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  1. Amazingly, stinky bomb Skunk fails to deter protesters in India; reason will leave you stunned

Amazingly, stinky bomb Skunk fails to deter protesters in India; reason will leave you stunned

A bomb that smelt like sewage and was intended to scatter protesters has turned out to be worthless in India.

By: | New Delhi | Published: July 27, 2017 1:09 PM
stinky bomb, stinky bomb Skunk, protesters in India, protesters in Kashmir, smelly bomb, Israeli forces, water cannons, Palestinian protesters, Central Reserve Police Force, CRPF, the stench bomb, security forces in Kashmir, pellet guns, control the protesters, militant commander Burhan Wani, Burhan Wani, Jammu and Kashmir A bomb that smelt like sewage and was intended to scatter protesters has turned out to be worthless in India. (Photo: PTI)

A bomb that smelt like sewage and was intended to scatter protesters has turned out to be worthless in India due to the “high threshold of Indians to tolerate stench,” reports Hindustan Times. This smelly bomb has been used by Israeli forces since 2008 through water cannons against Palestinian protesters. However, in India, it did not meet the efficacy standards of the Central Reserve Police Force (CRPF). Quoting a senior CRPF official, Hindustan Times reported, “It is called Skunk and is in liquid form. It can be mixed with water for spraying on mobs.” The officer, who did not want to be named, also said, “The CRPF decided to test a few samples of the Israeli product a few months back. Tests were conducted and the stink bomb was found ineffective.” He said that the tests were carried out in Delhi.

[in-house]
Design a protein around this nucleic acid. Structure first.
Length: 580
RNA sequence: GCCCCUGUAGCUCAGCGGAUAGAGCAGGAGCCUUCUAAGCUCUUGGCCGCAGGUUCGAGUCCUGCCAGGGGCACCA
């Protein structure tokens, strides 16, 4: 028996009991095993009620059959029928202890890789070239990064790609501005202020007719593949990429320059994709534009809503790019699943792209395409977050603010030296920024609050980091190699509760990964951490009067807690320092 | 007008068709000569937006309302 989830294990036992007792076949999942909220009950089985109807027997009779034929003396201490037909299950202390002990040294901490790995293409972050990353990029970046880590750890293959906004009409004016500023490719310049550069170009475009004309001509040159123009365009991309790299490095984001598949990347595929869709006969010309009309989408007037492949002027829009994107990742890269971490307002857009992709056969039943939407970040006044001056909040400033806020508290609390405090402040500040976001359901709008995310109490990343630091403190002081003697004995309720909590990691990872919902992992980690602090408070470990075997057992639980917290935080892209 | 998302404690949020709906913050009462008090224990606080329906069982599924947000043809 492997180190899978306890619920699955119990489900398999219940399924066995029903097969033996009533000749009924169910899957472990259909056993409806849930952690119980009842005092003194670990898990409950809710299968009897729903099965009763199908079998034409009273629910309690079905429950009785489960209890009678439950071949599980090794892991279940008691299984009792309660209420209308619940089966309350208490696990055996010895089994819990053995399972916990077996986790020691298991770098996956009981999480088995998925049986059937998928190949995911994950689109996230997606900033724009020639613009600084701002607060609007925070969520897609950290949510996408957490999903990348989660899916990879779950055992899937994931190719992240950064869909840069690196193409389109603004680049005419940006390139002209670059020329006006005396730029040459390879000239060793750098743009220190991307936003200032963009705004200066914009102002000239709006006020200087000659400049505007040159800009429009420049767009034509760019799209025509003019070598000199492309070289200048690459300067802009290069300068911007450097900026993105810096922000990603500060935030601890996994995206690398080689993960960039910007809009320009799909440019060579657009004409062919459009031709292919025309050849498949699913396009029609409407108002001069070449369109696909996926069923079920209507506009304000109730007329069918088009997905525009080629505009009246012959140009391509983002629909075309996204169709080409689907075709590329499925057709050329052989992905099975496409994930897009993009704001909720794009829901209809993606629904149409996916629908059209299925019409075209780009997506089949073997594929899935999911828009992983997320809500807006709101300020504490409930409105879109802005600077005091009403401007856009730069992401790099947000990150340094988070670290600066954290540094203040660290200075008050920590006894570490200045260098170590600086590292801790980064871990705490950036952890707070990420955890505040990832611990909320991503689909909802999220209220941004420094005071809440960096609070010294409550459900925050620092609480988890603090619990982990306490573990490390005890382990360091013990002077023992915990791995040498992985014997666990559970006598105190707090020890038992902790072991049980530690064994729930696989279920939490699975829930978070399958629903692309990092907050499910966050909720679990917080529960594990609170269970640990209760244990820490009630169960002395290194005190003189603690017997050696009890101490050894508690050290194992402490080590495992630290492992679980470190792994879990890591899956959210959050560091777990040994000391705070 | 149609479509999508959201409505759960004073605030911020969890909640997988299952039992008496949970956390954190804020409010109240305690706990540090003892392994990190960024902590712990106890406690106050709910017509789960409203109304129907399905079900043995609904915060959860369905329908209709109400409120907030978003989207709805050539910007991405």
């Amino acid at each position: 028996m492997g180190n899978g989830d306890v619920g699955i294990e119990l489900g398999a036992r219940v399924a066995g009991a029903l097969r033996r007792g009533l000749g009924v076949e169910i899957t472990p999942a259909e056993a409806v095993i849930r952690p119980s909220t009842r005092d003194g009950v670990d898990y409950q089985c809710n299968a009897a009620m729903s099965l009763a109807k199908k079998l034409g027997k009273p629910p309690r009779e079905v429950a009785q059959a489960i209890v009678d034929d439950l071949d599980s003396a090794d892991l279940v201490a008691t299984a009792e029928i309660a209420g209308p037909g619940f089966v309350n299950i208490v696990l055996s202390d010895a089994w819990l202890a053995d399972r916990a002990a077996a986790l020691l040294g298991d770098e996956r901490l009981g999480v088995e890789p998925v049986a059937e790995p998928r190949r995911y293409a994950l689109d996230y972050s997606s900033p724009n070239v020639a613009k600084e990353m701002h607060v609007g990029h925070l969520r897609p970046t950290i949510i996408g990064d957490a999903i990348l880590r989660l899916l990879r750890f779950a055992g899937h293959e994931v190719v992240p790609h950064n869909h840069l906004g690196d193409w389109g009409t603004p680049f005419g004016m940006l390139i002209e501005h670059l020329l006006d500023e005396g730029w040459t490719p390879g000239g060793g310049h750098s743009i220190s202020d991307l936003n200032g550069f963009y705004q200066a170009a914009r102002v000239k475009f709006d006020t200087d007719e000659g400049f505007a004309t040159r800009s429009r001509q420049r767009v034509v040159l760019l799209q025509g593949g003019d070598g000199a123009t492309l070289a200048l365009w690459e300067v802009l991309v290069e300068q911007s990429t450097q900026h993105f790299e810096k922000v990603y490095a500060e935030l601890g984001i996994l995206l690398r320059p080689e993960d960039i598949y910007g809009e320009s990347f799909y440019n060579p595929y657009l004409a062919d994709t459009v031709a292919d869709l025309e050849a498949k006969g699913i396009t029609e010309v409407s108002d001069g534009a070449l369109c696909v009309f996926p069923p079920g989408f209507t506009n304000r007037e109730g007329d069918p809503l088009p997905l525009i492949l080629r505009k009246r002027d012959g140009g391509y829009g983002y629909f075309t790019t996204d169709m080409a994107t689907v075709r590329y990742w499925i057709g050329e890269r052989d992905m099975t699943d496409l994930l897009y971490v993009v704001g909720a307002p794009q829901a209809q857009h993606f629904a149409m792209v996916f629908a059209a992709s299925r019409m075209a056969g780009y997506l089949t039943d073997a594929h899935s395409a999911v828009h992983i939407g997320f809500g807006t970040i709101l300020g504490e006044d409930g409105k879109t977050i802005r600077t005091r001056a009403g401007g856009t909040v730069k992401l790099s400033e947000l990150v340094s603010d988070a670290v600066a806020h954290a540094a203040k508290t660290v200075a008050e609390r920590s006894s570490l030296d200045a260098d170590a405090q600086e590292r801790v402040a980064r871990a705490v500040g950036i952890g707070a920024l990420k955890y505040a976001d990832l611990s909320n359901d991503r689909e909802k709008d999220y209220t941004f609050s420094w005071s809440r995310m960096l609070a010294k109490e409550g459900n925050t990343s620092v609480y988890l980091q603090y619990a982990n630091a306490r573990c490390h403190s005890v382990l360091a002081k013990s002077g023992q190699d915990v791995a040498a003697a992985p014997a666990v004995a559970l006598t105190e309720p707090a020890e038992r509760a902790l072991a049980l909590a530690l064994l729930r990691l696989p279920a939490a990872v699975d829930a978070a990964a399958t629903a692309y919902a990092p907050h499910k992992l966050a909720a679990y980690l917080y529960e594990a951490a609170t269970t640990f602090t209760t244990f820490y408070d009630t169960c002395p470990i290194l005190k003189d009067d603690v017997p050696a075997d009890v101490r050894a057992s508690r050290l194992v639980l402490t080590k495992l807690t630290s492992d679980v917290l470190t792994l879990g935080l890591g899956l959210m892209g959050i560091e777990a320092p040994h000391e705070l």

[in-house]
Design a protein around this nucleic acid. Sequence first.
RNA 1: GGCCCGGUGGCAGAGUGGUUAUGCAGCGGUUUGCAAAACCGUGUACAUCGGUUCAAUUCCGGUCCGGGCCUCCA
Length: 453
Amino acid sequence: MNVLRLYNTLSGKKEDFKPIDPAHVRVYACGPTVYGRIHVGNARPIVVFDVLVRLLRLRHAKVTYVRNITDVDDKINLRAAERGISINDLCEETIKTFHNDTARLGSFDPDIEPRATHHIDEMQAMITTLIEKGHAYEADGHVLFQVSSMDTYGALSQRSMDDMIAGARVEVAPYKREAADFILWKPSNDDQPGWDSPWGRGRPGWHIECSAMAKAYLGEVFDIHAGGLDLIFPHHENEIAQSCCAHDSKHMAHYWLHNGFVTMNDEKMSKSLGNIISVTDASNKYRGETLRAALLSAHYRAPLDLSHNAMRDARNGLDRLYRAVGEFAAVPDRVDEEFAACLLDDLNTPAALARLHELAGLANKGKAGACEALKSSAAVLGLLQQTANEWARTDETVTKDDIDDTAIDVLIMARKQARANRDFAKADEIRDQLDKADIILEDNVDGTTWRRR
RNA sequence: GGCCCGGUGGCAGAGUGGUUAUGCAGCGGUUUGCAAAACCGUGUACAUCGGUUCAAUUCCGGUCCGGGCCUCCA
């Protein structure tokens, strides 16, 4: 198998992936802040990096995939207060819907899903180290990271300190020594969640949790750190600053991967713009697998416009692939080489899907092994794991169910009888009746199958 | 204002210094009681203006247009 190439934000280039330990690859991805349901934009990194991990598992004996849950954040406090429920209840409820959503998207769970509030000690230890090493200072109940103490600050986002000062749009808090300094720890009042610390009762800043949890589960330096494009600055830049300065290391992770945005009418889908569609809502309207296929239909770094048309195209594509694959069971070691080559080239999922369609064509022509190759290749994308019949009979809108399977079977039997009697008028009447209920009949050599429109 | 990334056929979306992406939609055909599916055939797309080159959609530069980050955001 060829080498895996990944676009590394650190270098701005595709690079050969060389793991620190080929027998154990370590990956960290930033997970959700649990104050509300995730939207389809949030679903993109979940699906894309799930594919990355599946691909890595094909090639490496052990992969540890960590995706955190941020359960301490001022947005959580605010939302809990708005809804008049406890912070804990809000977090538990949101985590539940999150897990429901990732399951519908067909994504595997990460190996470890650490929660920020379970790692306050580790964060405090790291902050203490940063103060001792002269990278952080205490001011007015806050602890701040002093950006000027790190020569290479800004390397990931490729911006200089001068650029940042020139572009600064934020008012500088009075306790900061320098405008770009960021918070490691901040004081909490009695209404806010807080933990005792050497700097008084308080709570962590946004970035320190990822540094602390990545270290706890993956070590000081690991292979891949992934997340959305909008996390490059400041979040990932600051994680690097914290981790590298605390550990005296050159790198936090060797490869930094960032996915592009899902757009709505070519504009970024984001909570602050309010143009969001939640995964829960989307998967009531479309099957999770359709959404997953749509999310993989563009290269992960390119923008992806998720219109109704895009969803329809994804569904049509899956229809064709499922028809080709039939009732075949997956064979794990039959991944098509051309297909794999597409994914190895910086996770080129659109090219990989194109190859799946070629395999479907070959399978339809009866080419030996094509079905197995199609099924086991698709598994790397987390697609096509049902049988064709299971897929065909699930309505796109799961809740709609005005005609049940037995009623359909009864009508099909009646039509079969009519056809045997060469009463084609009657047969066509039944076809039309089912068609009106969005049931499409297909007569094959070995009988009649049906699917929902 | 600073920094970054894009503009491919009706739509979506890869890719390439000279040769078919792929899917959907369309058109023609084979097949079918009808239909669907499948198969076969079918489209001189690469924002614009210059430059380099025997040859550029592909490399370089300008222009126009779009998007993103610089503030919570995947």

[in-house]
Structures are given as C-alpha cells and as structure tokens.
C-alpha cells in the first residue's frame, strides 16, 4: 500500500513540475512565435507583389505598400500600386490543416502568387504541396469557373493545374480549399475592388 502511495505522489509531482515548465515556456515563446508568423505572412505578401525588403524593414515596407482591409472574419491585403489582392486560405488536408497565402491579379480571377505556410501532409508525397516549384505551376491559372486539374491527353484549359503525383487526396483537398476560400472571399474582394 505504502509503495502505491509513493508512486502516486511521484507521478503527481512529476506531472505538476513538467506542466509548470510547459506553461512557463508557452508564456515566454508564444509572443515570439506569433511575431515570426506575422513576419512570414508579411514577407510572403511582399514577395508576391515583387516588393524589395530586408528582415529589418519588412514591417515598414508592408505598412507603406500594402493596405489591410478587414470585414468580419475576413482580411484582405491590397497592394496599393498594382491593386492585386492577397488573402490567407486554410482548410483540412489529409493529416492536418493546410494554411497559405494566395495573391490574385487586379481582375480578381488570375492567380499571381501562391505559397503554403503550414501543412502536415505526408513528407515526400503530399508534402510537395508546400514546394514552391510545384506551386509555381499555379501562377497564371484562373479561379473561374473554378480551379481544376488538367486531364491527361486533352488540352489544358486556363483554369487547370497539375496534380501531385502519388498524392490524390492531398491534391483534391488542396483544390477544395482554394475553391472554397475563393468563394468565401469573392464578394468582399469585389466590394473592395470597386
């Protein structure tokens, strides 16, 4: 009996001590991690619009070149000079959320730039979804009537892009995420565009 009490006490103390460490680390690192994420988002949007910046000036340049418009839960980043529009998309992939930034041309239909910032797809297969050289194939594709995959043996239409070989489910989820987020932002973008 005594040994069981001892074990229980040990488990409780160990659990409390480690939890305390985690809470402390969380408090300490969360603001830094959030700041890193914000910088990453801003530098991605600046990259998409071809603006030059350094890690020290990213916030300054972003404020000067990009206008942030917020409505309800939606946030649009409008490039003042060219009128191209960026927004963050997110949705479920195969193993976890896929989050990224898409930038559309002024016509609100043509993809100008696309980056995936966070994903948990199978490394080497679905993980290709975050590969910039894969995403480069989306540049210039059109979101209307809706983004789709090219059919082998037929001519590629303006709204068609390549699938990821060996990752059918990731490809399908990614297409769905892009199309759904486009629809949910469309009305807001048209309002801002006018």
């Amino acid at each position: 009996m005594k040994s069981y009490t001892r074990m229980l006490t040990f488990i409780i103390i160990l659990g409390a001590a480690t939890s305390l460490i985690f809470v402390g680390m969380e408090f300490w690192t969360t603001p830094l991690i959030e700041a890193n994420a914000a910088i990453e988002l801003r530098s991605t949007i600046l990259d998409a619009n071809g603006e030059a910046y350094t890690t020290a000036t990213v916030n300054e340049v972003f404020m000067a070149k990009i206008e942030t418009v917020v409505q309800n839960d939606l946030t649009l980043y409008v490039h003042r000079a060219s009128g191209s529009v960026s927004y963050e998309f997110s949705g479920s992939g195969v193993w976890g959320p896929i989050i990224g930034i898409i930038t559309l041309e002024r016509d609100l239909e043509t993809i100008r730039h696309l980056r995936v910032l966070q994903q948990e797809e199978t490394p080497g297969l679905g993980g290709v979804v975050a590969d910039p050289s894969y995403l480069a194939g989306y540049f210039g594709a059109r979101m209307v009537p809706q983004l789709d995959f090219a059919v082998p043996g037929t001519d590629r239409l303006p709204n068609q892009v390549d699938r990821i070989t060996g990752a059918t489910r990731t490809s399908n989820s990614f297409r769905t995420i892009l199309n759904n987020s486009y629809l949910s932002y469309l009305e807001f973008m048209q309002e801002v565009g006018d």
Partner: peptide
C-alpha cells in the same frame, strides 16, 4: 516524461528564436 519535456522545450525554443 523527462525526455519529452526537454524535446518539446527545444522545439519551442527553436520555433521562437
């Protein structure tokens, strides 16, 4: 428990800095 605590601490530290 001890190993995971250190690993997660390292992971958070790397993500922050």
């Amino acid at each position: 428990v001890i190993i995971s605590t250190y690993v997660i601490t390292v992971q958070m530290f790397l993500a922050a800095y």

The smell released from this bomb lasts for days and does not fade away even after multiple showers. The official also said that the liquid used in the bomb does not pose any harm. “Those who can ignore smell can drink the liquid also,” added the official. Another official, who was also a part of team that tested the stench bomb, told Hindustan Times, “We used it on a captive crowd… consisting of CRPF personnel and general public. But they managed to tolerate the smell without much difficulty. Maybe Indians have a higher threshold of tolerating stench.”

In a conservation with HT, the CRPF Director General RR Bhatnagar said, “We do not share reports of such tests.” The security forces in Kashmir made use of pellet guns to control the protesters after militant commander Burhan Wani was killed in an encounter in July last year, but it injured people and blinded many due to the small metal balls in the weapons. After this incident, the government decided to look for alternative measures to control protesters which include making the use of shells that are made out of organic compounds found in chili. The CRPF says it is also looking out for other harmless methods to control the protests that take place in Jammu and Kashmir and other parts of the country.

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